By Brian E. Clark
Wisconsin scientists and start-up companies should continue to use human embryonic stem cells – and their noncontroversial counterparts – in ongoing research because they hold great promise for treating disease and injury, two panelists said Wednesday at the Early Stage Symposium.
But Barbara Lyons, executive director of Wisconsin Right to Life, said that use of stem cells is immoral and should end because it results in the destruction of embryos, “members of the human family.”
Lyons, a non-scientist, also argued that concerns over huge federal deficits will lead to de-funding of embryonic stem cell research. But she said the issue may one day be moot because adult stem cells and so-called induced pluripotent stem (iPS) cells are more promising.
The session was dubbed “On again, off again: The unpredictable nature of human embryonic stem cell research.”
Tim Kamp, a UW-Madison cardiologist and top stem cell researcher, called some of Lyon’s statements ill-informed, relying on anecdotes rather than solid science.
Michael Falk, chief counsel for the Wisconsin Alumni Research Foundation – which has licensed human embryonic stem cell technology – backed Kamp and said stem cell companies are creating jobs in Wisconsin.
Though he agreed with Lyons that adult and iPS cells hold potential, he said it would be a mistake to stop using embryonic stem cells. And he said UW-Madison researchers should be proud of their work to treat illness through the use of cells derived from human embryos.
“We see companies that are interested in both iPS and human embryonic stem cells,” he said. “It would be short-sighted and disappointing if we gave up the advantage of working with both.”
Lyons said the potential use of human embryonic stem cells in therapies for diseases such as Parkinson’s — which afflicts her husband — has been “hyped” ever since the cells were isolated by UW-Madison researcher James Thomson in 1998.
Falk and Kamp, however, reminded her that it can easily take a decade for drugs to be developed and that tests on spinal cord and blindness therapies derived from embryonic stem cells are now being conducted.
“We are a world leader in this field,” Falk said. “It is terrific for Wisconsin to be part of creating life-saving technologies. But we’re probably not going to see results for five years.”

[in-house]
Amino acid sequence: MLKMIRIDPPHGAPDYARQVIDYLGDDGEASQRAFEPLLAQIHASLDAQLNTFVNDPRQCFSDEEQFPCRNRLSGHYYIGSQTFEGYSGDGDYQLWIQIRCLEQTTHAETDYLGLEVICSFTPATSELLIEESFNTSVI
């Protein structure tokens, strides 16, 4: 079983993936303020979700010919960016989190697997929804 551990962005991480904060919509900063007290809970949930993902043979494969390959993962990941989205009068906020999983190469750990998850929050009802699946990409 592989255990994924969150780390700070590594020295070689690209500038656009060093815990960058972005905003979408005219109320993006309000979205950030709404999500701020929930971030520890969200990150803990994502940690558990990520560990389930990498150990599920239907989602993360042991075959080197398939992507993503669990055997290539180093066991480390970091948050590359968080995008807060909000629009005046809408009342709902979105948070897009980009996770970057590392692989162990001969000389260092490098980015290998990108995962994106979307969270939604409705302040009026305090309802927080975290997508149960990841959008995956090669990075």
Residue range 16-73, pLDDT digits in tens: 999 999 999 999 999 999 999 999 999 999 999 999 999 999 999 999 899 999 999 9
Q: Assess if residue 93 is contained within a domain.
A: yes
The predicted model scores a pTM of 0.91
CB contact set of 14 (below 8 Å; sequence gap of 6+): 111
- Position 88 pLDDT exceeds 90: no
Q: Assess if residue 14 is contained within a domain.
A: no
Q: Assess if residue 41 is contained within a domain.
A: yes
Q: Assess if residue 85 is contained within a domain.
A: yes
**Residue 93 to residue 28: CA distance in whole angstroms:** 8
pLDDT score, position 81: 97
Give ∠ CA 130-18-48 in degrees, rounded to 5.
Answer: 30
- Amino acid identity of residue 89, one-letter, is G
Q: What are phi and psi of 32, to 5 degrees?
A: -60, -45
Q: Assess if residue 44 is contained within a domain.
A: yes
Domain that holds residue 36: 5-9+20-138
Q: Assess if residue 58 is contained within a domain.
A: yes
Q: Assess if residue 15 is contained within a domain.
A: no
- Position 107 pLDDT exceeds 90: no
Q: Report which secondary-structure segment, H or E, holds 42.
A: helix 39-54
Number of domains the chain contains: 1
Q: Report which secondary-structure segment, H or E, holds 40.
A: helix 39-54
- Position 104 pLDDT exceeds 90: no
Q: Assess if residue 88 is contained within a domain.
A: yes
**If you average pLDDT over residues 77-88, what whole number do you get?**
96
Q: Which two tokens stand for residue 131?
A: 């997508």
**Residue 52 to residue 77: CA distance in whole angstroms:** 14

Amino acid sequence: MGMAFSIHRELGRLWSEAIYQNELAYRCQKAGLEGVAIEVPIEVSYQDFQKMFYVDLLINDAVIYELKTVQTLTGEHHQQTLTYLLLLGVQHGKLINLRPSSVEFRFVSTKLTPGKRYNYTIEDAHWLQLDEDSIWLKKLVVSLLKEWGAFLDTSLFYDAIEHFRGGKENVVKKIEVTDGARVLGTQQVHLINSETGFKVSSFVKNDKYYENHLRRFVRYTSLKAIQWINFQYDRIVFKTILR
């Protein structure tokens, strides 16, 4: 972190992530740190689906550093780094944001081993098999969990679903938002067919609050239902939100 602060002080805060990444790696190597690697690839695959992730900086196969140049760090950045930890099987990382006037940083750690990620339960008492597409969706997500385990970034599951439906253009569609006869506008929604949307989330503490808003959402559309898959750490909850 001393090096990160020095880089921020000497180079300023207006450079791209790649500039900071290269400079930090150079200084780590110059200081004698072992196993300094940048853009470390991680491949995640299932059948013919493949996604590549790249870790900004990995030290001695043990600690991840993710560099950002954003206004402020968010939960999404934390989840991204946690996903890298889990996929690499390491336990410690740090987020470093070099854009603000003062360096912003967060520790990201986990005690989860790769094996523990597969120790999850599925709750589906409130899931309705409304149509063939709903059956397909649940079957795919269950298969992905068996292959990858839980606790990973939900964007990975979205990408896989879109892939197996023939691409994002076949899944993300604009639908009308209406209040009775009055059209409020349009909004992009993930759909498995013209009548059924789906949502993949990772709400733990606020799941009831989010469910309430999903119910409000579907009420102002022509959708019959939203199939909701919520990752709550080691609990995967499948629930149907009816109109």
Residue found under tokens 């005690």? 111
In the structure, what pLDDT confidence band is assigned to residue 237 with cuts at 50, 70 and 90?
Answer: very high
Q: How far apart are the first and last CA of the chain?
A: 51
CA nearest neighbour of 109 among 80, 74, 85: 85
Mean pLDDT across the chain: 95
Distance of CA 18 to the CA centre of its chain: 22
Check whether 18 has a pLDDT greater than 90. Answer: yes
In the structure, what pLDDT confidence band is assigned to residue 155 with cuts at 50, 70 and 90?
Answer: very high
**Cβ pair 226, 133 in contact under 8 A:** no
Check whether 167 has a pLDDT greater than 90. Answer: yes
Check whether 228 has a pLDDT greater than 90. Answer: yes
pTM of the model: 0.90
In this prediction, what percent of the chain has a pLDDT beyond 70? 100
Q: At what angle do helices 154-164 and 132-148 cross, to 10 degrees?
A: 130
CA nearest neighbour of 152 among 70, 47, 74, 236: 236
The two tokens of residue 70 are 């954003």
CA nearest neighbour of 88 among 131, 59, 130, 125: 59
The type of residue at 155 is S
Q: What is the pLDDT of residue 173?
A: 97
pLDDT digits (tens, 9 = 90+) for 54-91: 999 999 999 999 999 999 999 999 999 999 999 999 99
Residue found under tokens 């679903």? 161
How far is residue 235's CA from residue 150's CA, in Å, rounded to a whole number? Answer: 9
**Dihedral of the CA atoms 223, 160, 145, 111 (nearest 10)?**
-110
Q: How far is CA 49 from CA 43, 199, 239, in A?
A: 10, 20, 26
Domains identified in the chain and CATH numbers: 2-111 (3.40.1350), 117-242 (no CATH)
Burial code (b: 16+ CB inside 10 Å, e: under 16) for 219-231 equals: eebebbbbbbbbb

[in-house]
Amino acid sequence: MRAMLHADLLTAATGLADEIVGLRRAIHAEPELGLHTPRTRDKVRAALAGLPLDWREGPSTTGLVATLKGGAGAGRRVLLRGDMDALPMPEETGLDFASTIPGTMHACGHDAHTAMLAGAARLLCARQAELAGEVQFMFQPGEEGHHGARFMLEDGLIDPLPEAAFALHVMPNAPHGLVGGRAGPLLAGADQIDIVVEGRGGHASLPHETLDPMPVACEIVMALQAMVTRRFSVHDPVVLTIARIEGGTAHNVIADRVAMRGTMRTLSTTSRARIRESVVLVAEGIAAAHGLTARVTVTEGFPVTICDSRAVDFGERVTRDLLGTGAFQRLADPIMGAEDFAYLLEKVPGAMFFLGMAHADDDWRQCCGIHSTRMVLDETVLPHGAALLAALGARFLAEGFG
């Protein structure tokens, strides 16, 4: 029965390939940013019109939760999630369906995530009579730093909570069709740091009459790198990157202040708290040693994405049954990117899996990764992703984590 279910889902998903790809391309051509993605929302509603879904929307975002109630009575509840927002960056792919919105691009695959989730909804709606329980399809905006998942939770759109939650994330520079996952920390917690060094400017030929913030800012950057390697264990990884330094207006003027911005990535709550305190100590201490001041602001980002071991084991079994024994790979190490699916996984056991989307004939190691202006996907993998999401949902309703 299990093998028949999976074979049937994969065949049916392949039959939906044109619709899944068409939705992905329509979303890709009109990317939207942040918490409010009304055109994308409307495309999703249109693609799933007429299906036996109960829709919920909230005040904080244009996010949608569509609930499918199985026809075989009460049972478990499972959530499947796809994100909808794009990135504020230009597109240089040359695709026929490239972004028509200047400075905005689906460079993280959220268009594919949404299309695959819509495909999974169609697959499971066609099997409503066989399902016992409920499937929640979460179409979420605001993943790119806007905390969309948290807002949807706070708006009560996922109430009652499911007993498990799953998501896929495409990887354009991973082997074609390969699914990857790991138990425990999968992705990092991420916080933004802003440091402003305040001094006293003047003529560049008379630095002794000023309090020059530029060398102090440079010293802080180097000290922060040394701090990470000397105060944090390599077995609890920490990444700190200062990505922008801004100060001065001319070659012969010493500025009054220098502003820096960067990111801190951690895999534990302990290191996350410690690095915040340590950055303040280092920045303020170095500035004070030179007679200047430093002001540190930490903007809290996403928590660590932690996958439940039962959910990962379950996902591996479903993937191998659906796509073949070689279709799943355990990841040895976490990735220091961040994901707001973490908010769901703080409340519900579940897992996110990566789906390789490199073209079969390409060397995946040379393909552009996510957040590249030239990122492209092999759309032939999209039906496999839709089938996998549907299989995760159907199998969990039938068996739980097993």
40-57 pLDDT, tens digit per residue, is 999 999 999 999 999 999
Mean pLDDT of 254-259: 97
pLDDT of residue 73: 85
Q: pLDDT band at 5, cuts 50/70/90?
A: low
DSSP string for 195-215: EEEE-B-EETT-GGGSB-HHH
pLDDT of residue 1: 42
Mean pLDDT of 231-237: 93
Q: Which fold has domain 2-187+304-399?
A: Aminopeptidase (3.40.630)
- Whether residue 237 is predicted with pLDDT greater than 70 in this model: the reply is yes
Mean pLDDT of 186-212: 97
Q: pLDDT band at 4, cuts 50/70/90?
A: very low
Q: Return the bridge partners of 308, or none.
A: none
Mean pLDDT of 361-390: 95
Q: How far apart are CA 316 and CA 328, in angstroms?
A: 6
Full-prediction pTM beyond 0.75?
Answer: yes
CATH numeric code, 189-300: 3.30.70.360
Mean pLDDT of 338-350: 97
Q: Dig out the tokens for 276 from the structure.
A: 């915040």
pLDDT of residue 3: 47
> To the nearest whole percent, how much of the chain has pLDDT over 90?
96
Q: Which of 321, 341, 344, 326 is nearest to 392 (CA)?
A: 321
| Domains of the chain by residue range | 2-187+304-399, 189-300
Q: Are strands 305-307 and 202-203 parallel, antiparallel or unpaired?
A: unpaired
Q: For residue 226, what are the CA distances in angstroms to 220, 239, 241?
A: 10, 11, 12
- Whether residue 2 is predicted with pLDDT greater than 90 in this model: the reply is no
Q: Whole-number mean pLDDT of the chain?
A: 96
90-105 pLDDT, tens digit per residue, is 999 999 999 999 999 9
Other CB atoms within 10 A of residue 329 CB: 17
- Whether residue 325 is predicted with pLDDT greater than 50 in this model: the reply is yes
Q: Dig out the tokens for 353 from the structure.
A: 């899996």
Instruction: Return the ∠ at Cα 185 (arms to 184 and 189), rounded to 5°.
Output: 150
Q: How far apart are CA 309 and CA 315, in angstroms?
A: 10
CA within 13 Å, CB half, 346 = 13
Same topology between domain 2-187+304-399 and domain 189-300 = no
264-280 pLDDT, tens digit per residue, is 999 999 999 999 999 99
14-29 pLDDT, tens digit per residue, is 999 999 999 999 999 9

The dust-up between Lyons, Kamp and Falk was one of the highlights of the first day of the Early Stage Symposium, which drew an estimated 450 people and 24 start-up companies to the Monona Terrace Convention Center. It will continue through 2 p.m. today.
Tom Still, president of the Wisconsin Technology Council, said he hopes the symposium could help nascent Badger State firms get financing and ultimately boost employment.
“Study after study has shown that virtually all new jobs are created by companies five years old or younger,” he said. “But Wisconsin has not done as good a job as most states in creating start-ups. If we can turn the corner on company creation, Wisconsin’s economy will create more jobs.”
On the subject of stem cells, Still said it is too early to predict what impact the election of Scott Walker – an opponent of human embryonic stem cell research – as governor will have for Wisconsin.
“Much of the activity around human embryonic stem cells in Wisconsin is related to federal and private dollars versus state dollars,” Still said.
Earlier this year, Walker told a pro-life group he would sign a bill banning embryonic stem cell research. Later in the campaign, however, he refused to say if would support an outright ban.
Kamp said a judge’s August ruling that temporarily stopped federal funding of human embryonic stem cell research had negatively affected experiments that need to be planned far in advance.
“Researchers are nervous,” he said. “iPS cells are extremely promising, but we are in danger of losing the gold standard – human embryonic stem cells – that we use to compare iPS cells.”
Kamp and Falk said they both believe Judge Royce Lamberth’s ruling will be overturned. But Kamp said the political uncertainty in Wisconsin could drive some scientists to states that support research in human embryonic stem cell research.
California, for example, passed a $3 billion bond several years ago largely to support human embryonic stem cell research because of efforts by patient advocacy groups.
“If companies and faculty sense that there is an adverse climate in Wisconsin, they might consider looking elsewhere in other states,” said Kamp. “And other countries have vigorous programs that could leave us behind.”